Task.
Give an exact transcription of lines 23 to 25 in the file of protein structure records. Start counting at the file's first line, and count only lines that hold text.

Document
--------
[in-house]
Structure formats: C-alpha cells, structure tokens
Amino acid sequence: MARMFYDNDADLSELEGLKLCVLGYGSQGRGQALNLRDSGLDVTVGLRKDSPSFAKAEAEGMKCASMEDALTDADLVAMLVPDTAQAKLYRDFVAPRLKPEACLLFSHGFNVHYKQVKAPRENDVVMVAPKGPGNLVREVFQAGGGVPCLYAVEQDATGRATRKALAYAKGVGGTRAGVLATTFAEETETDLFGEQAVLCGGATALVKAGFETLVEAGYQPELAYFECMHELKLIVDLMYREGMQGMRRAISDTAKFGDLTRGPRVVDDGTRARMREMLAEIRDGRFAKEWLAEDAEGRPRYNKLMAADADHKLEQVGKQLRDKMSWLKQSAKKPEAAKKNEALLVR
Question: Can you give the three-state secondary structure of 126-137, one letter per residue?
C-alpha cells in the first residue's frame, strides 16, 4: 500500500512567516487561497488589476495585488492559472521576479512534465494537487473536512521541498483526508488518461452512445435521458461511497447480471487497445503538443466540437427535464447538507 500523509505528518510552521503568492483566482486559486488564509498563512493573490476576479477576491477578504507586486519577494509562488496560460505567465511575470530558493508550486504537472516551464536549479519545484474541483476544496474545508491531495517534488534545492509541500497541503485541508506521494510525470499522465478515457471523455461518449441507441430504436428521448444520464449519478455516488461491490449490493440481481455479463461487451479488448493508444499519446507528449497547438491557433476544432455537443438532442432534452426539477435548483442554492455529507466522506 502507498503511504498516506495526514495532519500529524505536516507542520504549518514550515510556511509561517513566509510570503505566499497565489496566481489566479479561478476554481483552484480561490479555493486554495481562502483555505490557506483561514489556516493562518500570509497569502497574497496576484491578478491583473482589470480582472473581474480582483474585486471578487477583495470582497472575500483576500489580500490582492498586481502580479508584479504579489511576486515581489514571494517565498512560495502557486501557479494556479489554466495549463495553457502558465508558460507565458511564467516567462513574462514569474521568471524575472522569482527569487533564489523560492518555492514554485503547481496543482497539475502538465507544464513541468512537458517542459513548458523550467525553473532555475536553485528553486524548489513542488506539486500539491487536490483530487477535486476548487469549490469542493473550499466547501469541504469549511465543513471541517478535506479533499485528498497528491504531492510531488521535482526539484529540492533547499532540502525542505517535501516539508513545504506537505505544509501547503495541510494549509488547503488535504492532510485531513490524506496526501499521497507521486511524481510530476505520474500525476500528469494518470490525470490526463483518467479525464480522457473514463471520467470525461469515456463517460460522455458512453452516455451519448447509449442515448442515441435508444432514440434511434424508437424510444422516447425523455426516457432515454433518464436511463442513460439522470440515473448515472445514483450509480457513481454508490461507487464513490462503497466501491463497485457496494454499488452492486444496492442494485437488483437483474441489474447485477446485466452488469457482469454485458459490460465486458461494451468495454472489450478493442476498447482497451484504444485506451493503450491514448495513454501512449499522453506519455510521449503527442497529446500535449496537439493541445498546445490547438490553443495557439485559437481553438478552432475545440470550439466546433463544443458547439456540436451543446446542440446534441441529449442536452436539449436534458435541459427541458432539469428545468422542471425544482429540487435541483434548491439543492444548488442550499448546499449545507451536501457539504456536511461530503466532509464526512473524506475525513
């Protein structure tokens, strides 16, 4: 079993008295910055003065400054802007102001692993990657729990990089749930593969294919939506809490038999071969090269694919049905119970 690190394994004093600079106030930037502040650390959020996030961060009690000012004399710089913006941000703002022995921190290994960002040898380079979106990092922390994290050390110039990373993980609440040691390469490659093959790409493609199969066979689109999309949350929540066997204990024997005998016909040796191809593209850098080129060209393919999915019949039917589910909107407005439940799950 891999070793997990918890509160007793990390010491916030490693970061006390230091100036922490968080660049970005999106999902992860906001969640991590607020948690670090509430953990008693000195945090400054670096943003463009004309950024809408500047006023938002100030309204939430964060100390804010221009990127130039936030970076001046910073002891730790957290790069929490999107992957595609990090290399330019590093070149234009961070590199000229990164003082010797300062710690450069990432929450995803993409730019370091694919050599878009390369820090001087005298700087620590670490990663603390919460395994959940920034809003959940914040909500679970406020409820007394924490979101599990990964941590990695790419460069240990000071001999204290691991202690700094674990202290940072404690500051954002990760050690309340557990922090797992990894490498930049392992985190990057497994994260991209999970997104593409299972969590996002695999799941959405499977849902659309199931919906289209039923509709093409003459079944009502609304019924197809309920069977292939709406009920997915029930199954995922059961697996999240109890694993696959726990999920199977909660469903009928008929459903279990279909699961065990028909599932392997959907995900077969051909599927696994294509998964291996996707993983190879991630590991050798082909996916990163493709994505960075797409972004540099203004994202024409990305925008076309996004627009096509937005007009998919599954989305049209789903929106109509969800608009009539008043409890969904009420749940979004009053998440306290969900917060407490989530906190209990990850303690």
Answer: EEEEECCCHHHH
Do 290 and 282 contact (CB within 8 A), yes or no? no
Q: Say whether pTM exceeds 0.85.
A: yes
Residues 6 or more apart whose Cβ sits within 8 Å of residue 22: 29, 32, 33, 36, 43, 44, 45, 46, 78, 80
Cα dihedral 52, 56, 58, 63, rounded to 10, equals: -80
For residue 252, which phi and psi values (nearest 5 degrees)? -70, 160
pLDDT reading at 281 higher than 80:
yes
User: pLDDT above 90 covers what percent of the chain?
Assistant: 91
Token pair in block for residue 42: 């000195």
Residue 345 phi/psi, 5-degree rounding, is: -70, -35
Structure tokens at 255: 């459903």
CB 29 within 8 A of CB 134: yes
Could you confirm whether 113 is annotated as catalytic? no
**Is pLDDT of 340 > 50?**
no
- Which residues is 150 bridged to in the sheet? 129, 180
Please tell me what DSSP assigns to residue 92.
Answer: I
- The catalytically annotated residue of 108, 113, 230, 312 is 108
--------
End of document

**Is pLDDT of 340 > 50?**
no
- Which residues is 150 bridged to in the sheet? 129, 180